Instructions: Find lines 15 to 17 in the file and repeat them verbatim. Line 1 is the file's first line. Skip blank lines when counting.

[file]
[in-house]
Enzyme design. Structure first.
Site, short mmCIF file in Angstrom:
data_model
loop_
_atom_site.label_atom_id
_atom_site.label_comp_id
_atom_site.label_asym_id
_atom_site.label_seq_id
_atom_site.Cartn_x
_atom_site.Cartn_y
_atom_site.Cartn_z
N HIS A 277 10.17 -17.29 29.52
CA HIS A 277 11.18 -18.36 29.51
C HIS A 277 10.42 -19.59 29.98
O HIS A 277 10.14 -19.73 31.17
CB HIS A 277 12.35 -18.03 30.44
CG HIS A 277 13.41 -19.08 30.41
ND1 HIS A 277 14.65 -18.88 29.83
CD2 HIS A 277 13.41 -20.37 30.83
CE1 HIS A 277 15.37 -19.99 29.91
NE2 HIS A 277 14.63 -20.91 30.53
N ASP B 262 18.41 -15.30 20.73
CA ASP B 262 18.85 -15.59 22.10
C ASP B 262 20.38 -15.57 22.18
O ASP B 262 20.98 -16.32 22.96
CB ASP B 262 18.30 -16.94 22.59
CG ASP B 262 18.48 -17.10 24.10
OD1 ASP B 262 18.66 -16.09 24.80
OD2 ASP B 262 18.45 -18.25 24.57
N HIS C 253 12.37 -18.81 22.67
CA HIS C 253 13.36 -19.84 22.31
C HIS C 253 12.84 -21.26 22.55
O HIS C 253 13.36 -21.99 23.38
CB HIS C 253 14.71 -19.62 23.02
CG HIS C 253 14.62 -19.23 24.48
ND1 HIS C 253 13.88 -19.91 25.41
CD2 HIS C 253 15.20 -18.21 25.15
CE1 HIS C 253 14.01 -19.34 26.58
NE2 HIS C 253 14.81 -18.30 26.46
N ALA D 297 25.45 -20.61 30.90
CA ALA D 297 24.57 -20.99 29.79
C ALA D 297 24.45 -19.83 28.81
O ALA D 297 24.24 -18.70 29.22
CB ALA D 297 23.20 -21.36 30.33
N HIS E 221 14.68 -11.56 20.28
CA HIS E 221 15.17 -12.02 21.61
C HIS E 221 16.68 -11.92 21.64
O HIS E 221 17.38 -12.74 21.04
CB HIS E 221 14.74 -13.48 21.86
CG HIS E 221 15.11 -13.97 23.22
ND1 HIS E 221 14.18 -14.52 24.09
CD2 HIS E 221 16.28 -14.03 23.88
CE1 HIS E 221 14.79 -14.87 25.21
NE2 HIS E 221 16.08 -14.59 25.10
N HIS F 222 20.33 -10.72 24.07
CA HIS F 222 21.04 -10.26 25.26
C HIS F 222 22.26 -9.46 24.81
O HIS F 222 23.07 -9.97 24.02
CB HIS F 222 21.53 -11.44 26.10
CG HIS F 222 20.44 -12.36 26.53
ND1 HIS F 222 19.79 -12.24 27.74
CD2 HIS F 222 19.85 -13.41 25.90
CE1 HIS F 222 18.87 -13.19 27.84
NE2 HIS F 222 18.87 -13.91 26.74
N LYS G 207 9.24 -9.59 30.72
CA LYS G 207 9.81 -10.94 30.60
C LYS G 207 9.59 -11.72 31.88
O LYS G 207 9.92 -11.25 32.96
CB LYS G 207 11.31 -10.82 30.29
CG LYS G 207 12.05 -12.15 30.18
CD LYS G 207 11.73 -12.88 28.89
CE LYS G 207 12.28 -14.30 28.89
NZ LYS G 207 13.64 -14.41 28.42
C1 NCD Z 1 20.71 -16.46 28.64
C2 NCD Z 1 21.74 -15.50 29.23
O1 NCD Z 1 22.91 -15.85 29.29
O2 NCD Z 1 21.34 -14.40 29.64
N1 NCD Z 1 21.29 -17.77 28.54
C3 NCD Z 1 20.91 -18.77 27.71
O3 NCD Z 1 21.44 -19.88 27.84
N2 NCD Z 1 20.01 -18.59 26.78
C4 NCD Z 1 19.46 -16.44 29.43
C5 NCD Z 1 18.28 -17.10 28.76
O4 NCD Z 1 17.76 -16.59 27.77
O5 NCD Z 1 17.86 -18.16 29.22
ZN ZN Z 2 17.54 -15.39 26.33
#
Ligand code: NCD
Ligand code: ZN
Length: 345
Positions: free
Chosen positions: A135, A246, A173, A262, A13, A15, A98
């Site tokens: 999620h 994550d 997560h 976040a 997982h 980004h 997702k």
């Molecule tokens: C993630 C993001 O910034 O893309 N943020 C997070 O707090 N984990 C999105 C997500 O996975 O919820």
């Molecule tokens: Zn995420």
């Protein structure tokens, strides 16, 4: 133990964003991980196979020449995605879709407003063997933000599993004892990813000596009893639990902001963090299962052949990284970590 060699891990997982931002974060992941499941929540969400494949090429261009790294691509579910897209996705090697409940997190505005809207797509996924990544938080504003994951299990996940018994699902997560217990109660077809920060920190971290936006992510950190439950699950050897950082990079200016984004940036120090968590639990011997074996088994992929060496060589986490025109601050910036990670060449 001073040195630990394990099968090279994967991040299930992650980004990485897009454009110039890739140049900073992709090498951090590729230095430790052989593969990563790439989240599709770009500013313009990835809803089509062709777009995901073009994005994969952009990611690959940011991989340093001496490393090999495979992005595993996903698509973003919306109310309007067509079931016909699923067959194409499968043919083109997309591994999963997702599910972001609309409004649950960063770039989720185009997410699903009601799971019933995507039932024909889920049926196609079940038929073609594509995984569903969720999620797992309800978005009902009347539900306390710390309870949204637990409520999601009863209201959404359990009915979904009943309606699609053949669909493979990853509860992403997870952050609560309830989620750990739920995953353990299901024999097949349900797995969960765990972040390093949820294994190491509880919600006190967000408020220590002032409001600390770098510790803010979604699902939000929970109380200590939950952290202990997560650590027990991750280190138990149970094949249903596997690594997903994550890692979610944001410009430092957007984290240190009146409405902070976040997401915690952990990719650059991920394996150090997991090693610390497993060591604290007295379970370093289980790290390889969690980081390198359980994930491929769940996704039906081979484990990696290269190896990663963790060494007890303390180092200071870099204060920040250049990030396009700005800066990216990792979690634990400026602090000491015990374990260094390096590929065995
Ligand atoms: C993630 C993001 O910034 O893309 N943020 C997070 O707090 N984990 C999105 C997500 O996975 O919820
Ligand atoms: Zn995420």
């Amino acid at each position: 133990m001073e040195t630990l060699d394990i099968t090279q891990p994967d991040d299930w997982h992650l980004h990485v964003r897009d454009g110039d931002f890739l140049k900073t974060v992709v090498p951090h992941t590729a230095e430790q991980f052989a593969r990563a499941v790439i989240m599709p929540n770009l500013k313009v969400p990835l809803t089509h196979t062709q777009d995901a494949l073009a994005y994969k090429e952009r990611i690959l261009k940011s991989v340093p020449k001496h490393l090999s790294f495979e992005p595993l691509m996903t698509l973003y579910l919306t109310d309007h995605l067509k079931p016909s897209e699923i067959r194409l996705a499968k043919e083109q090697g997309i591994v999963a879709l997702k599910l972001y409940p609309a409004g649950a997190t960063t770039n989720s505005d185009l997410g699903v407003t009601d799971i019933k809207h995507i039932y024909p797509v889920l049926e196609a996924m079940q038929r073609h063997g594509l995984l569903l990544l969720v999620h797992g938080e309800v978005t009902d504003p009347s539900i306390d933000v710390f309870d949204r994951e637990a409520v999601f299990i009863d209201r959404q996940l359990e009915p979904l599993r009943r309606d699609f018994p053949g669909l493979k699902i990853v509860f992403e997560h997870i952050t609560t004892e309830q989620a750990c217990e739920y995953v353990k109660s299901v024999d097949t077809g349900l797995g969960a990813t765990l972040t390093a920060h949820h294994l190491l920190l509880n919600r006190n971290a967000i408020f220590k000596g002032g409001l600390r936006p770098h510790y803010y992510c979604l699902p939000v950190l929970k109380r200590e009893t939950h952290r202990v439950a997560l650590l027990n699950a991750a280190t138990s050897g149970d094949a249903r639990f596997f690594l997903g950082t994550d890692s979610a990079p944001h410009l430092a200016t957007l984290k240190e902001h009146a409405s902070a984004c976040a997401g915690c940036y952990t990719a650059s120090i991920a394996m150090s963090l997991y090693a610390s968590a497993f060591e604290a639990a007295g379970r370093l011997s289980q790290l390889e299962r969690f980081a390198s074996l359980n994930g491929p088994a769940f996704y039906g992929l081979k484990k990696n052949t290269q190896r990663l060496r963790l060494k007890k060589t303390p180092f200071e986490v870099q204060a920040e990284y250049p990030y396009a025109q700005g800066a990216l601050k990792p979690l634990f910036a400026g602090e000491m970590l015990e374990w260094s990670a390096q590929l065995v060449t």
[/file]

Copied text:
C HIS A 277 10.42 -19.59 29.98
O HIS A 277 10.14 -19.73 31.17
CB HIS A 277 12.35 -18.03 30.44